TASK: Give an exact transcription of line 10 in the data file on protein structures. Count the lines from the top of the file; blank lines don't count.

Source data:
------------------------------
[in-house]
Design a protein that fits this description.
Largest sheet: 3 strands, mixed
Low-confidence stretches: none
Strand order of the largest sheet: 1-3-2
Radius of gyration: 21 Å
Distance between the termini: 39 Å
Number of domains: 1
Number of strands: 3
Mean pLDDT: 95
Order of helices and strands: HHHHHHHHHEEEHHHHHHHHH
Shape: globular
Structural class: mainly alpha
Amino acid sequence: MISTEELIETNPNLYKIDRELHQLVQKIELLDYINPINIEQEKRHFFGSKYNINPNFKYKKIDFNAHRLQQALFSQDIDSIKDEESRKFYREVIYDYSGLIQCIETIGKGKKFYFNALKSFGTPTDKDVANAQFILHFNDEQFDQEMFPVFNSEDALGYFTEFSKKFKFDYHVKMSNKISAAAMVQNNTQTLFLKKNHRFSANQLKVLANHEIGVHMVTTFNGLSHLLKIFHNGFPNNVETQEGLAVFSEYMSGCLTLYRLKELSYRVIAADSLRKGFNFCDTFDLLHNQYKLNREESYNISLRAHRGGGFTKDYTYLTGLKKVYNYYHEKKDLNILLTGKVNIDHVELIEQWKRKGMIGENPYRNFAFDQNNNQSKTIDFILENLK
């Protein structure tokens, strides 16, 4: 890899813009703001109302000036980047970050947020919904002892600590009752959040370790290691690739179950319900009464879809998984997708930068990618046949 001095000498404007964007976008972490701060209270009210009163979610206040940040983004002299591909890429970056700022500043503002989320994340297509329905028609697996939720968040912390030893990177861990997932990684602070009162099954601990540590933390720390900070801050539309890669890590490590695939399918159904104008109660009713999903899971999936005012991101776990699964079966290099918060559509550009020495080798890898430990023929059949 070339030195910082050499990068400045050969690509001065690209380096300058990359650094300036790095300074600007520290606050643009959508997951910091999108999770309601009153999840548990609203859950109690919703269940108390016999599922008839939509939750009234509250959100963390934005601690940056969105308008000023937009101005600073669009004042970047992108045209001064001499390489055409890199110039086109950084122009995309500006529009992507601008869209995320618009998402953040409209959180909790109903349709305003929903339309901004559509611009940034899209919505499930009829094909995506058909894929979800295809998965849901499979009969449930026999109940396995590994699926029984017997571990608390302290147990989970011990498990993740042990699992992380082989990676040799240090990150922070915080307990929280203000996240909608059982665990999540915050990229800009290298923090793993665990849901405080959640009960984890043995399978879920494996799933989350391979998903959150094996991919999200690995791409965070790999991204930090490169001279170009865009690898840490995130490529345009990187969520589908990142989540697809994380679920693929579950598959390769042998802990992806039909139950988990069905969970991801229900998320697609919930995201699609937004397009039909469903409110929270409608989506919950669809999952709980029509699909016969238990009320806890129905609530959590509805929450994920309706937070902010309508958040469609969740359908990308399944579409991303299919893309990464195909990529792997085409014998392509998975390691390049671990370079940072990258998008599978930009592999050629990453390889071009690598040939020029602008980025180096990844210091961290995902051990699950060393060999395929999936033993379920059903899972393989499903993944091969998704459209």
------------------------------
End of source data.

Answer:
Mean pLDDT: 95